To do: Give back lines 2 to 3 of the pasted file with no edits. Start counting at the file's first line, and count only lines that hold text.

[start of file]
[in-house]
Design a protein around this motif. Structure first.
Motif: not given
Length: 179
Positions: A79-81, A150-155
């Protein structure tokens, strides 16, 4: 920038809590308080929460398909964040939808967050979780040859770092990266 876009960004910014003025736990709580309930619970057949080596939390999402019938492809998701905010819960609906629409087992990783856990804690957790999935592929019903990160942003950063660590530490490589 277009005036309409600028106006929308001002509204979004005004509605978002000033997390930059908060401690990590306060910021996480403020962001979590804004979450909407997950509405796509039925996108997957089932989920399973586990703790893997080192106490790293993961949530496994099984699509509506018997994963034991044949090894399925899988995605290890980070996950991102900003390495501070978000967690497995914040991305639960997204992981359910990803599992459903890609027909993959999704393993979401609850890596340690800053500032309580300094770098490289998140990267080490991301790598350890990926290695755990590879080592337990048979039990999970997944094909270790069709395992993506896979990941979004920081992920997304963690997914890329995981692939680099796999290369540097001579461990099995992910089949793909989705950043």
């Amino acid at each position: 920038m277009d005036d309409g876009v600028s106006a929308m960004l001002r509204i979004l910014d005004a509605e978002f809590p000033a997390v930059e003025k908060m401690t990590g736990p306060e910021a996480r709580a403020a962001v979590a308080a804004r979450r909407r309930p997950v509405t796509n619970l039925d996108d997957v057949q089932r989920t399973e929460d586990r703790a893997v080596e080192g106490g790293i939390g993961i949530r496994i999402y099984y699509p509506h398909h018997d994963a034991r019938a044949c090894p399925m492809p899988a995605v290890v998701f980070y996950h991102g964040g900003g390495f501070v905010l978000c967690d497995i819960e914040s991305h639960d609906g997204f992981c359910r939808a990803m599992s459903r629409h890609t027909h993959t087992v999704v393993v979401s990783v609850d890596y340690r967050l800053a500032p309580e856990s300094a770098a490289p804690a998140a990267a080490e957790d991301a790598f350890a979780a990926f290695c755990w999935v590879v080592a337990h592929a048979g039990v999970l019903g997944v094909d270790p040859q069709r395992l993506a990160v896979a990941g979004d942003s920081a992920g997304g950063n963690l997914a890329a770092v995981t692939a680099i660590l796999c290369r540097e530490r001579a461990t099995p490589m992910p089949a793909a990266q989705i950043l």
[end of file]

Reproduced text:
Design a protein around this motif. Structure first.
Motif: not given